Tag Archives: The Bible and Homosexual Practice

A Christian Voice In A Changing Culture

Fortitude

‘He who loves his life will lose it.’ (JN 12:25)

‘Because we are vulnerable we can be brave,’ says Joseph Pieper. CAN be brave. The truth is—most of us are cowards who seek first to preserve our lives from further wounding. Persons who demonstrate fortitude give up their lives to follow Jesus; they entrust to Him the diminishment they experience from others and somehow thrive on His nourishment, especially in suffering. When the battle gets harder, brave Christians get better. Through Jesus. For Jesus. Let me give you three examples of fortitude in action.

Sara married young to a fellow Asian, a Christian, who deserted her for another woman. She could not agree to dissolve the marriage as she made vows not just to a man but to the Man. For fifty years, she has stayed faithful to God and to the man she still considers her husband. Robert Gagnon is an Ivy League scholar who wrote the best book ever on ‘The Bible and Homosexual Practice’ (Abingdon Press). Over the course of his academic career, he has been reviled by peers while his work remains the gold standard. Sue entered into lesbianism after an abusive childhood in England. She sought spiritual answers and became a Buddhist nun. In Thailand she met Jesus, the Man of her dreams who equipped her to become a healing missionary. Surrounded by the heavenly host, a compromised church, and a gang of sinners who are becoming saints, she delights in partnering with Jesus to awaken hearts from the drowsy idolatry/immorality of Thailand.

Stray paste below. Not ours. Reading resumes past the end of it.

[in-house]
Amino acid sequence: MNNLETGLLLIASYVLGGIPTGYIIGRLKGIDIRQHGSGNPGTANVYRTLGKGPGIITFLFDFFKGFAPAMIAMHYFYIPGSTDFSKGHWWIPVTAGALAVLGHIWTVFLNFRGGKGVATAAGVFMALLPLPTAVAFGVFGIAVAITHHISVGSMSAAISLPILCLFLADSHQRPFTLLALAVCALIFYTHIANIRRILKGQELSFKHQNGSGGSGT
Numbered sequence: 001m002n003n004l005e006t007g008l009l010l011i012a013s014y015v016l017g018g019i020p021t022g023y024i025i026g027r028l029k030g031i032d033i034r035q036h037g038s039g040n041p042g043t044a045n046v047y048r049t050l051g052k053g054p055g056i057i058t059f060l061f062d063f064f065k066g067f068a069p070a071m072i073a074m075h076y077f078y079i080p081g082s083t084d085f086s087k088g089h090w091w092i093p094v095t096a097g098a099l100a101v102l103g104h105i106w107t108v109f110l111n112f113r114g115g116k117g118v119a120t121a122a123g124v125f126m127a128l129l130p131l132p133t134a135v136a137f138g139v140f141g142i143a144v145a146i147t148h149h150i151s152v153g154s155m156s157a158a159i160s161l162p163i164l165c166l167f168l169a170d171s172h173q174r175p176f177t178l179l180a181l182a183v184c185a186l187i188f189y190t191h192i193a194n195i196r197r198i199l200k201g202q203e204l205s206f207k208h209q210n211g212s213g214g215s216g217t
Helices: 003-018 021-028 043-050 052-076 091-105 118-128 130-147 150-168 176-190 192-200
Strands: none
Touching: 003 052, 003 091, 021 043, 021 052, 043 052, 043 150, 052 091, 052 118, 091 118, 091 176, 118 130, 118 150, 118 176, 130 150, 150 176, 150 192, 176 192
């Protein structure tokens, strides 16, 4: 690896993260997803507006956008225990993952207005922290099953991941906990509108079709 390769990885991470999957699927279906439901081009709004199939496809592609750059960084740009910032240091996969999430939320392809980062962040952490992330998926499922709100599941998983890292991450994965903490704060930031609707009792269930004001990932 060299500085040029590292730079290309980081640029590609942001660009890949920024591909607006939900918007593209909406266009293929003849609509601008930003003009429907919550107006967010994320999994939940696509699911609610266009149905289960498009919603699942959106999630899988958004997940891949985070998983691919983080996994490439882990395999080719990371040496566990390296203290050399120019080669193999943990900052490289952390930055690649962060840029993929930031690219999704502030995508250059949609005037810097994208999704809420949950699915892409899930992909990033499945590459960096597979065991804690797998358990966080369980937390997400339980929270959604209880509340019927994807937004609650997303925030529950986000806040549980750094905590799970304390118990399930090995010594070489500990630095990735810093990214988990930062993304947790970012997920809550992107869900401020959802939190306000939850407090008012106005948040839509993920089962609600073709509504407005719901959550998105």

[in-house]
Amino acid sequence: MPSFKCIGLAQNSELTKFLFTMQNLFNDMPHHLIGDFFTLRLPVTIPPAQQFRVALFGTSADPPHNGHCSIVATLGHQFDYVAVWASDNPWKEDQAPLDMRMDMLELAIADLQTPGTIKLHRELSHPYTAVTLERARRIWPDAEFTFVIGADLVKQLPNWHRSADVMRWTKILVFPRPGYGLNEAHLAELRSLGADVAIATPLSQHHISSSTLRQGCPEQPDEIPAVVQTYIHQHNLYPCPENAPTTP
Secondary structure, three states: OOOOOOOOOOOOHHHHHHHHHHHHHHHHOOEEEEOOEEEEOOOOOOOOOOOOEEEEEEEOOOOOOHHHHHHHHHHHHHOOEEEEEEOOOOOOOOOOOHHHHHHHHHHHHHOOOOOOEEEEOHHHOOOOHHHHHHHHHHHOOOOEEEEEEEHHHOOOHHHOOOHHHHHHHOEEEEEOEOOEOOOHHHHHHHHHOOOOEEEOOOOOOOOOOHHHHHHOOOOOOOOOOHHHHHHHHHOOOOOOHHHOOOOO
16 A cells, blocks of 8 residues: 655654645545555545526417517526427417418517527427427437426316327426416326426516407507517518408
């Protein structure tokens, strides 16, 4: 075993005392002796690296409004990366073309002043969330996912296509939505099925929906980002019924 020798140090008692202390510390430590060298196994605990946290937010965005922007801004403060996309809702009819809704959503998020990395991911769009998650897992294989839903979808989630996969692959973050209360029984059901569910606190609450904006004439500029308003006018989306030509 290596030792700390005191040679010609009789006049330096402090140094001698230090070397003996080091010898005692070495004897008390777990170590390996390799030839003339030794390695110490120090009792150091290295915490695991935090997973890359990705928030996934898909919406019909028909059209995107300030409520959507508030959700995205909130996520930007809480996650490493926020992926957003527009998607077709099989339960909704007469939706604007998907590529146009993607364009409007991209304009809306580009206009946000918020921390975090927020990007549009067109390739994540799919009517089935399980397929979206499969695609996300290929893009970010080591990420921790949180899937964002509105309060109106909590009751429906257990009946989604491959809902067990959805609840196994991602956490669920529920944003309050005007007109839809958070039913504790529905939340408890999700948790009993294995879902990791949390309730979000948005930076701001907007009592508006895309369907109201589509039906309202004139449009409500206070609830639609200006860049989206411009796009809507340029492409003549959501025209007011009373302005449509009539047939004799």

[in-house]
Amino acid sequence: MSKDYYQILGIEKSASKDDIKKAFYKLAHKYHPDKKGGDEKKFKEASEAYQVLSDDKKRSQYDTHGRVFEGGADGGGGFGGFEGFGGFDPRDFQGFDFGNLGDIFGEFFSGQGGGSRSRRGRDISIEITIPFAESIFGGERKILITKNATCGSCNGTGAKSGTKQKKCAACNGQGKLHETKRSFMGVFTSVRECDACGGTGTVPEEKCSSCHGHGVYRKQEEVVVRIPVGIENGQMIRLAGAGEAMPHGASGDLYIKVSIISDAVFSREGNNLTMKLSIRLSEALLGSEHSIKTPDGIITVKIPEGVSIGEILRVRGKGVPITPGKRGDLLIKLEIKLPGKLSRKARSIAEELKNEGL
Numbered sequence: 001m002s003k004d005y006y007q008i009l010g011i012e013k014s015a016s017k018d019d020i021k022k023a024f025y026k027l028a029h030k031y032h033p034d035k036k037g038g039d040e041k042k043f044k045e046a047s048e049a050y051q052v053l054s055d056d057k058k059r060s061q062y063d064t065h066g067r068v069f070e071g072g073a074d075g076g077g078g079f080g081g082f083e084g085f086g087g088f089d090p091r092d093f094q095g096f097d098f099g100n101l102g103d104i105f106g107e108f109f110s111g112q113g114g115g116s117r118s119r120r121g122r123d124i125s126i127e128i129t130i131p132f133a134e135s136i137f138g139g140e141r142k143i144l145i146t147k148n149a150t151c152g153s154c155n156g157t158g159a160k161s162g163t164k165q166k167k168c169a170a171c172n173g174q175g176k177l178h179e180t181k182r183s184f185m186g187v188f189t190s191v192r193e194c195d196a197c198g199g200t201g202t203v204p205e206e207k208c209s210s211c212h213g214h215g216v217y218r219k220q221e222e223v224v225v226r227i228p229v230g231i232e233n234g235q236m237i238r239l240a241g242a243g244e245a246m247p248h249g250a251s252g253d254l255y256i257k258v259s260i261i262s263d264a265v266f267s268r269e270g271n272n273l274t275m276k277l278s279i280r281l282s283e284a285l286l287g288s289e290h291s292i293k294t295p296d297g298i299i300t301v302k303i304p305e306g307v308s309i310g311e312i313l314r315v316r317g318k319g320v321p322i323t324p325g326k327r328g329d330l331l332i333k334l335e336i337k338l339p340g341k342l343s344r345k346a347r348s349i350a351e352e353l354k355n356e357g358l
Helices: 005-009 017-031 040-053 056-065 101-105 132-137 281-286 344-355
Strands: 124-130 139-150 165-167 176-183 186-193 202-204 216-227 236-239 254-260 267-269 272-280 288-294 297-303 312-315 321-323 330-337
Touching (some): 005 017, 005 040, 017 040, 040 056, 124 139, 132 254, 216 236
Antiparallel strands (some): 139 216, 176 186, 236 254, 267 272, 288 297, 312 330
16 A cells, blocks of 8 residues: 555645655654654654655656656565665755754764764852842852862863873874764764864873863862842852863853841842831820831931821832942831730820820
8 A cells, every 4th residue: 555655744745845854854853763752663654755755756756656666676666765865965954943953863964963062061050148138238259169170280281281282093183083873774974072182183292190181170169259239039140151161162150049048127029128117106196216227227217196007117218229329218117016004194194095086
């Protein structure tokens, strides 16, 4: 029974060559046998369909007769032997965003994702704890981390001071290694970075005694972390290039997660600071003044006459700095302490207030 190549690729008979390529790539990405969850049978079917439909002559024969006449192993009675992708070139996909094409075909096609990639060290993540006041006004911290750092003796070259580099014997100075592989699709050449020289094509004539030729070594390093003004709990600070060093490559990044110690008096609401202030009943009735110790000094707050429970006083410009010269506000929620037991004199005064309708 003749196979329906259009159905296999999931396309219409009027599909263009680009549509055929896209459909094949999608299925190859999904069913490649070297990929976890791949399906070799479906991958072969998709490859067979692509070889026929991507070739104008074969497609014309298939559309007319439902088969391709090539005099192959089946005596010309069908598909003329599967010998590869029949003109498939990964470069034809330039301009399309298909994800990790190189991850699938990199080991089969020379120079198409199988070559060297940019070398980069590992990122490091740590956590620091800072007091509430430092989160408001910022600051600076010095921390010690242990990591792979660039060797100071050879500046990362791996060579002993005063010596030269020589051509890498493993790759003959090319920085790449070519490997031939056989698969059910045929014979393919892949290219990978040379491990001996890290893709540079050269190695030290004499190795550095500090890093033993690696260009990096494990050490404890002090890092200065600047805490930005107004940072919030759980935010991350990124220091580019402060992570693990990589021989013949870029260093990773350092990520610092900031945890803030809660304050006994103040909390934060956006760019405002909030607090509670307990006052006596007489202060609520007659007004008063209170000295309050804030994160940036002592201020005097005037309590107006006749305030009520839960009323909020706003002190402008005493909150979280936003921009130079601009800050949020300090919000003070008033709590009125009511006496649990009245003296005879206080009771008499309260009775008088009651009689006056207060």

Three factors mark each of their lives. First, they suffer because of what is right, not because of foolish daring. Sara believes she made a vow until death. She’s not dead yet and cannot in good conscience yield to the men who have wanted her. Robert stands on a profound understanding of God’s will for the sexual redemption of persons. Period. He cannot change that truth even if popular opinion does. Sue must be faithful to God’s call, however difficult that call is. The failure of others does not negate God faithfulness and call on her life.